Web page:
Listen! Learn! Adapt!
When Ardala was keeping us up all night, pacing back and forth and peeing in the house, it took us a month of misdiagnoses and painkillers and tranquilizers before we finally took her to an emergency vet. Why? Because the previous vets were only half-listening to us repeat her litany of symptoms. Somehow in the excitement of finally seeing her suspected spondylosis confirmed by radiographs, they assumed her massive amounts of pain were causing her wakefulness. So why would she be moving so frantically if she were in that much pain? Why would that mean a break in her otherwise phenomenal standards of personal hygiene? Well, said previous vet, the urinalysis came back negative, so that couldn’t be it (that this was the same veterinary practice that had first posited Pancreatitis and had us basically starve her for a week somehow didn’t raise a red flag). Over the course of three weeks, the vet remained deaf to the “peeing in the house” thing and prescribed one painkiller, muscle relaxant or tranquilizer after another. The first thing the e-vet said was that there are bladder infections that don’t show up on a urinalysis, and with the amount of carpet soiling she was doing, it might be a really painful infection that could be diagnosed with a urine culture. And lo and behold, it was! Actually, it was a species of e. coli infection that could only be cured by superhuge doses of antibiotics. She was put on double the normal course, and by the second day was sleeping through the night and not peeing in the house.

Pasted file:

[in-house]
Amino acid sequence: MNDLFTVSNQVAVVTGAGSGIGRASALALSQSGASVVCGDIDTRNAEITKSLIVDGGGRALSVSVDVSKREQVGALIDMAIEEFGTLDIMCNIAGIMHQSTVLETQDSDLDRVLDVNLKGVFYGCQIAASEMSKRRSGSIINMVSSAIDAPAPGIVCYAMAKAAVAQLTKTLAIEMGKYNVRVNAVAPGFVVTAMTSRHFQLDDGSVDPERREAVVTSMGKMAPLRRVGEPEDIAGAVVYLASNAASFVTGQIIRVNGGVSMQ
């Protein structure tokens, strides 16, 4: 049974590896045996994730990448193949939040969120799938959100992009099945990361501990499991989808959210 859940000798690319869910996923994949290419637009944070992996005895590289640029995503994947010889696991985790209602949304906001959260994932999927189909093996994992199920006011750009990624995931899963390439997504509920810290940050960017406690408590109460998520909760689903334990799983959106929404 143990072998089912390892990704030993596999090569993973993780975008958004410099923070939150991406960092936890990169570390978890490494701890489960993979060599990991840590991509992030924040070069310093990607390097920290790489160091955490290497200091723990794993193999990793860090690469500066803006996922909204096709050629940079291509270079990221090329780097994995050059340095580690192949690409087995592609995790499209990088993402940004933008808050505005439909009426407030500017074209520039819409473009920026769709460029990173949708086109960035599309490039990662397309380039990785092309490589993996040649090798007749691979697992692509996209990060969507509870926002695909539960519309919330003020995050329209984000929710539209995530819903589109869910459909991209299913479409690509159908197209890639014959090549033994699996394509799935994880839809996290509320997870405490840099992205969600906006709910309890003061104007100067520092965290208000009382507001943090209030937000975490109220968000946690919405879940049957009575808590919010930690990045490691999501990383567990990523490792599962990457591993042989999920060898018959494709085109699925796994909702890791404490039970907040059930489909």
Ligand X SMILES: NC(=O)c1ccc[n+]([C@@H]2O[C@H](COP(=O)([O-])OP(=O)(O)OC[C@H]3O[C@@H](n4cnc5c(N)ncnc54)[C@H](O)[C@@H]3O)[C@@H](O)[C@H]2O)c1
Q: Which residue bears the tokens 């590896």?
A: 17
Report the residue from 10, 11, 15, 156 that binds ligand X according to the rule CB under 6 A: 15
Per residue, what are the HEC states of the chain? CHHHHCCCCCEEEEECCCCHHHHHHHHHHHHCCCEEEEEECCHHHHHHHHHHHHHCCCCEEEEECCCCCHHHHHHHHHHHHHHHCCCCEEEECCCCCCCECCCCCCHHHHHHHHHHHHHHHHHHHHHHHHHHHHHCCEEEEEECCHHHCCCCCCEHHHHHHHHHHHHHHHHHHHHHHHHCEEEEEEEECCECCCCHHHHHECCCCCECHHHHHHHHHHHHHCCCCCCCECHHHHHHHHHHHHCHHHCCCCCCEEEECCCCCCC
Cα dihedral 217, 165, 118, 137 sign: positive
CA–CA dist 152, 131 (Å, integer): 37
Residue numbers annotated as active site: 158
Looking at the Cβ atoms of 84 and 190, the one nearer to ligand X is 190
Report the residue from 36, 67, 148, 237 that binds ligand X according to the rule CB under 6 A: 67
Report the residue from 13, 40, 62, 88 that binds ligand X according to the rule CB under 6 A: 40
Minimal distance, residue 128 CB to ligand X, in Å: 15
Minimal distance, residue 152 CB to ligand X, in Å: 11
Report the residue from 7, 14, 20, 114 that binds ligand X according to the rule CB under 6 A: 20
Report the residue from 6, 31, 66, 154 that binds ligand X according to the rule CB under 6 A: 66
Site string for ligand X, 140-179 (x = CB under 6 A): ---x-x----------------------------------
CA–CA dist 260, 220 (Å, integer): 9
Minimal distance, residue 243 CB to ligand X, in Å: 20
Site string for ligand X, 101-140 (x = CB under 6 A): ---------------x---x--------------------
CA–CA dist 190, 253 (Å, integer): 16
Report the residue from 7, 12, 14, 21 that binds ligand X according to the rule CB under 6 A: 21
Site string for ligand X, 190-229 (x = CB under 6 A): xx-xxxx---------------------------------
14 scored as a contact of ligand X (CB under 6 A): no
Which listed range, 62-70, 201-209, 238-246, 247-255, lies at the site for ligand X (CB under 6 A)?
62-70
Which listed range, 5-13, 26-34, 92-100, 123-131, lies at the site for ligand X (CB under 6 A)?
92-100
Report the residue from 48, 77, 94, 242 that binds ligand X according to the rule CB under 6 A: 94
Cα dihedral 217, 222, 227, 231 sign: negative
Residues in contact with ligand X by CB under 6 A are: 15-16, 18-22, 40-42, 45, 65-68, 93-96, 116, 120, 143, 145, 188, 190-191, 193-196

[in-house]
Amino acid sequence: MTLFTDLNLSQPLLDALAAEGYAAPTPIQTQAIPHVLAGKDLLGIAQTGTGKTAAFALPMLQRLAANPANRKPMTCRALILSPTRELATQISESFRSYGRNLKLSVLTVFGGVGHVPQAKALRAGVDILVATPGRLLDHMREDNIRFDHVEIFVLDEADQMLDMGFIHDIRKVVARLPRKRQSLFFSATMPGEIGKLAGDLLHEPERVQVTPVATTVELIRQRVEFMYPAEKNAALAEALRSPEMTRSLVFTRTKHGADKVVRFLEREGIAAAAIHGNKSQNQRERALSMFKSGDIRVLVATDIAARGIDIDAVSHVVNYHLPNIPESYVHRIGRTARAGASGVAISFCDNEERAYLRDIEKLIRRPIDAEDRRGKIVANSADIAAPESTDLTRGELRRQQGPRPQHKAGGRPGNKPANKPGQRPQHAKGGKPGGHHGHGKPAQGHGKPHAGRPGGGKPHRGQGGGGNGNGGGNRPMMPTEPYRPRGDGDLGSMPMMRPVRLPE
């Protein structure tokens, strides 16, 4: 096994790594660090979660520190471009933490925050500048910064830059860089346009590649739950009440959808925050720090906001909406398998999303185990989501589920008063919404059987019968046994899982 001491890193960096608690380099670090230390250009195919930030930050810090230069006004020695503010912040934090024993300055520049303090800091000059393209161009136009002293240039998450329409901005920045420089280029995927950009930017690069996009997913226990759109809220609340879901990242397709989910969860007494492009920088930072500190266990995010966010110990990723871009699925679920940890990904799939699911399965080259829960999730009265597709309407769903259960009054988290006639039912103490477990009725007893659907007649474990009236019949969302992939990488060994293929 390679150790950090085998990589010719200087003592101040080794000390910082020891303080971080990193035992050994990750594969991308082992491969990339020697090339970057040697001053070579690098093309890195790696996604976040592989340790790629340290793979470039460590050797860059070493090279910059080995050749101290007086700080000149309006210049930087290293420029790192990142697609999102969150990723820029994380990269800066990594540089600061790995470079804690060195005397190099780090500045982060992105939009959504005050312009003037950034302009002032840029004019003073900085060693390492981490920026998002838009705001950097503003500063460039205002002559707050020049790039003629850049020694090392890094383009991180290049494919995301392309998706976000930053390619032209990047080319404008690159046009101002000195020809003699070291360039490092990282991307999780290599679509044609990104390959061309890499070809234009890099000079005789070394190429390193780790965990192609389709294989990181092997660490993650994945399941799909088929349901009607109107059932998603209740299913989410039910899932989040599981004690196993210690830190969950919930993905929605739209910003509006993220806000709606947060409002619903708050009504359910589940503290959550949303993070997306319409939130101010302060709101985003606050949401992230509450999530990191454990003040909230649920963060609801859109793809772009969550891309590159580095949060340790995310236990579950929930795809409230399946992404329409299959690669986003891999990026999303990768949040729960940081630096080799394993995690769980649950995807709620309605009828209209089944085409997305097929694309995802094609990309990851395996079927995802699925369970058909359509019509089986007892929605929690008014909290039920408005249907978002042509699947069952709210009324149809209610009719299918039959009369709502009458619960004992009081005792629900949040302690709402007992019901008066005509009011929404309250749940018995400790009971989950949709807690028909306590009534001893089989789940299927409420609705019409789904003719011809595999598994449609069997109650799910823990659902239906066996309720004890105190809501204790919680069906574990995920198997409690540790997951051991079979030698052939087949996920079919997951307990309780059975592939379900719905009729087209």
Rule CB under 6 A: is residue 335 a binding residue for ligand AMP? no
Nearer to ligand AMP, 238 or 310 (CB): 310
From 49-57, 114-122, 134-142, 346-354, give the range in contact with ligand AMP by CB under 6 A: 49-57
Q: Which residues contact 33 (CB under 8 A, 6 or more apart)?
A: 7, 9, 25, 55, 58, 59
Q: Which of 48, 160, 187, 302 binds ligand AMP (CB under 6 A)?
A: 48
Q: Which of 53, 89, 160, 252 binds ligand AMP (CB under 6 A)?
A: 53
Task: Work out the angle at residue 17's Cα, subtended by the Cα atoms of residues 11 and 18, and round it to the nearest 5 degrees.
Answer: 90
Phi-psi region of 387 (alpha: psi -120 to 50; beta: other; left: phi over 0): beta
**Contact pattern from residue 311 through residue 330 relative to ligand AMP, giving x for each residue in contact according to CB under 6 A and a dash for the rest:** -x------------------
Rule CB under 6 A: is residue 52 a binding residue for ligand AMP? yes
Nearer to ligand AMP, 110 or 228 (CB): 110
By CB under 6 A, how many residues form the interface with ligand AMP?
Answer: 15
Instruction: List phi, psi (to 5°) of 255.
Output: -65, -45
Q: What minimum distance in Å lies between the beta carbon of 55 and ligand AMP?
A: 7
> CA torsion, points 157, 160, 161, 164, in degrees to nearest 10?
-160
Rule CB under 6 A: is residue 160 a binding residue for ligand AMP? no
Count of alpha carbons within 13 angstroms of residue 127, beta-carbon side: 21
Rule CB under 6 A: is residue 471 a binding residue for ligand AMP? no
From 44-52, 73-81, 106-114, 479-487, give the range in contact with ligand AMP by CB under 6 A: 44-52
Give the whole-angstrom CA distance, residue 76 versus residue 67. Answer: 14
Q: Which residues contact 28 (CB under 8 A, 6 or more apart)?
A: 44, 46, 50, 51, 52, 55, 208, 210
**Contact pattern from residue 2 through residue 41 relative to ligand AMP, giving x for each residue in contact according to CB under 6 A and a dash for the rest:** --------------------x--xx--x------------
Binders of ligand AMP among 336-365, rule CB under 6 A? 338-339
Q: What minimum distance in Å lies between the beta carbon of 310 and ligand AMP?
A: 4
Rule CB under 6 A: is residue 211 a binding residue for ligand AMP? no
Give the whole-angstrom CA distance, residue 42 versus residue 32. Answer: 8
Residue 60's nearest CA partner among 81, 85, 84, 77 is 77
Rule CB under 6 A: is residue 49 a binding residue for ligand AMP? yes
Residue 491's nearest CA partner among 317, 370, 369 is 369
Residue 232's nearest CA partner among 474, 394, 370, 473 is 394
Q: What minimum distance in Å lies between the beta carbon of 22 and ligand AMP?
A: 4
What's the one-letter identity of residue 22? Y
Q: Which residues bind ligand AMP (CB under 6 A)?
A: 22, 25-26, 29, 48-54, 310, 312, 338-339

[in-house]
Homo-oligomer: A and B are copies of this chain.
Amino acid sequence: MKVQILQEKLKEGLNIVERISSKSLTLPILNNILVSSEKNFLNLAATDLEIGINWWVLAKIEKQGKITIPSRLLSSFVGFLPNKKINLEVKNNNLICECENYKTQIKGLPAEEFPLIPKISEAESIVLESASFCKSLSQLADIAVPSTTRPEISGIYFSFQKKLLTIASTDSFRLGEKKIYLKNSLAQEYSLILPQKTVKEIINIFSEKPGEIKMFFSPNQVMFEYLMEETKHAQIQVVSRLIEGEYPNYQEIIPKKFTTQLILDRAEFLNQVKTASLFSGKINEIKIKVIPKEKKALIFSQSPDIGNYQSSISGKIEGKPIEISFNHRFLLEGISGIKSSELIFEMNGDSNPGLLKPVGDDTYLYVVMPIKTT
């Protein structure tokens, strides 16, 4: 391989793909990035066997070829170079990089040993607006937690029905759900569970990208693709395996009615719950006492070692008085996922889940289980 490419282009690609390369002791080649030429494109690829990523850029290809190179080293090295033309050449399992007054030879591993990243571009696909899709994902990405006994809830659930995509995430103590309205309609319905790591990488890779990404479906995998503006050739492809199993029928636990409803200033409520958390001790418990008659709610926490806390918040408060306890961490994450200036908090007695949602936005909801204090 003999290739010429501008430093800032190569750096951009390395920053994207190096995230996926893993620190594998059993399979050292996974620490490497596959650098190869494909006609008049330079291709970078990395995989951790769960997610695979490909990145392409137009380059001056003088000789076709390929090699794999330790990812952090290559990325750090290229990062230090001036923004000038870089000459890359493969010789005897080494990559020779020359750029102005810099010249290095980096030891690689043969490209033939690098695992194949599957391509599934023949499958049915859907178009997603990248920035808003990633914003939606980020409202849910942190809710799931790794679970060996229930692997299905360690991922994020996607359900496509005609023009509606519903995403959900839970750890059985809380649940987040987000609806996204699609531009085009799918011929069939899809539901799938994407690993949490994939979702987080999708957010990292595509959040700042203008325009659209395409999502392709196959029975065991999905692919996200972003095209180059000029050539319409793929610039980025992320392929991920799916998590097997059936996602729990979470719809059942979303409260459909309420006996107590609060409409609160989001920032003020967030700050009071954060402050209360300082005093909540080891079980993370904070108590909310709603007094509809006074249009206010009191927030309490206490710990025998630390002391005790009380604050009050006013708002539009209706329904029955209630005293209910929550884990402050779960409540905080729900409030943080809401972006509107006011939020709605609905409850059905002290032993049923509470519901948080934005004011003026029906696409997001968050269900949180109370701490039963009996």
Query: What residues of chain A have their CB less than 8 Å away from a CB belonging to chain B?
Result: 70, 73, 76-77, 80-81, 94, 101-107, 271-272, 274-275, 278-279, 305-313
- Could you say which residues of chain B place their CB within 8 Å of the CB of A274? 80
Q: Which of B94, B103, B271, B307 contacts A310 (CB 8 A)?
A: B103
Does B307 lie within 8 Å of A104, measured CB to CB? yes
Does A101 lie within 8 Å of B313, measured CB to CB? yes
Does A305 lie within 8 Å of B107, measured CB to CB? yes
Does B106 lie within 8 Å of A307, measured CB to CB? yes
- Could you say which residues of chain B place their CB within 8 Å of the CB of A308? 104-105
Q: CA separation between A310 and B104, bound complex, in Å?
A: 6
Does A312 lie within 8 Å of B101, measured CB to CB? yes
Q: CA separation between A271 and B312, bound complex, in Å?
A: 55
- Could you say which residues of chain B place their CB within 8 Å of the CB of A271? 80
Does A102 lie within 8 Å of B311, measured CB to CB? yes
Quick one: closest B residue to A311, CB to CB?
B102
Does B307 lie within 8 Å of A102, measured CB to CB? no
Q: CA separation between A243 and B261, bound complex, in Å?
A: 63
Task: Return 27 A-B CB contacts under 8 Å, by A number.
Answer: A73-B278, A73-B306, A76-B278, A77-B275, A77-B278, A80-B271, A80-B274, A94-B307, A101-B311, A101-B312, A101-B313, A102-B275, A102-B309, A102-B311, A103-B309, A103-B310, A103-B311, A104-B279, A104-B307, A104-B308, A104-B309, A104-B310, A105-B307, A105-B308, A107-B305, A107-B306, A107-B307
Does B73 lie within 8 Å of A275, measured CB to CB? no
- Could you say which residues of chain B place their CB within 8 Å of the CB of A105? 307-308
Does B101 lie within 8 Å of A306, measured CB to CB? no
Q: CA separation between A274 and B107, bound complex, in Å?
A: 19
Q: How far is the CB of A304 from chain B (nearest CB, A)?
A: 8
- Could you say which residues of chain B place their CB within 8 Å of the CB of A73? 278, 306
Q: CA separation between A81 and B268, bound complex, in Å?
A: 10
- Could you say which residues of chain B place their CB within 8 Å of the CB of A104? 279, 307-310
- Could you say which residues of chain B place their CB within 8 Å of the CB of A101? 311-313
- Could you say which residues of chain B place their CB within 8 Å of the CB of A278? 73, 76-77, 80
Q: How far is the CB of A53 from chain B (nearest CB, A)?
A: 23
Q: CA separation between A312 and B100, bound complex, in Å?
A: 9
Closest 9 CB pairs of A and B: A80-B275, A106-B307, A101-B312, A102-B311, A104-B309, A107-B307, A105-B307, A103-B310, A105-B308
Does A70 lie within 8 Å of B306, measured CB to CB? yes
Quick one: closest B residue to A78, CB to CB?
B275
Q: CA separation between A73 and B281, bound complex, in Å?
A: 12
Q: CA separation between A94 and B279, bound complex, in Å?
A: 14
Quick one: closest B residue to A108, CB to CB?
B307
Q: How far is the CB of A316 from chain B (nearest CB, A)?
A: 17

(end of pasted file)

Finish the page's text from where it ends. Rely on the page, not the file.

A couple of weeks after her miracle cure, Ardala had a partial tear of her CCL. We went back to the emergency practice, but saw a different vet. She prescribed crate rest, which we were pretty good with – until the first day I was back at work after Christmas Ardala greeted me with a particularly exuberant Zoomie display – and went on to complete the CCL tear. Having been through the wringer orthopedically at this point, I will note that I am now aware of the use of physical therapy after partial CCL tears to avoid full CCL ruptures, and also – PEOPLE ARE MAKING BRACES TO KEEP THE DOG FROM MOVING THEIR LEG IN A SPECIFIC WAY to allow the CCL to heal. Why were neither of these options mentioned to us at the time of the first incident?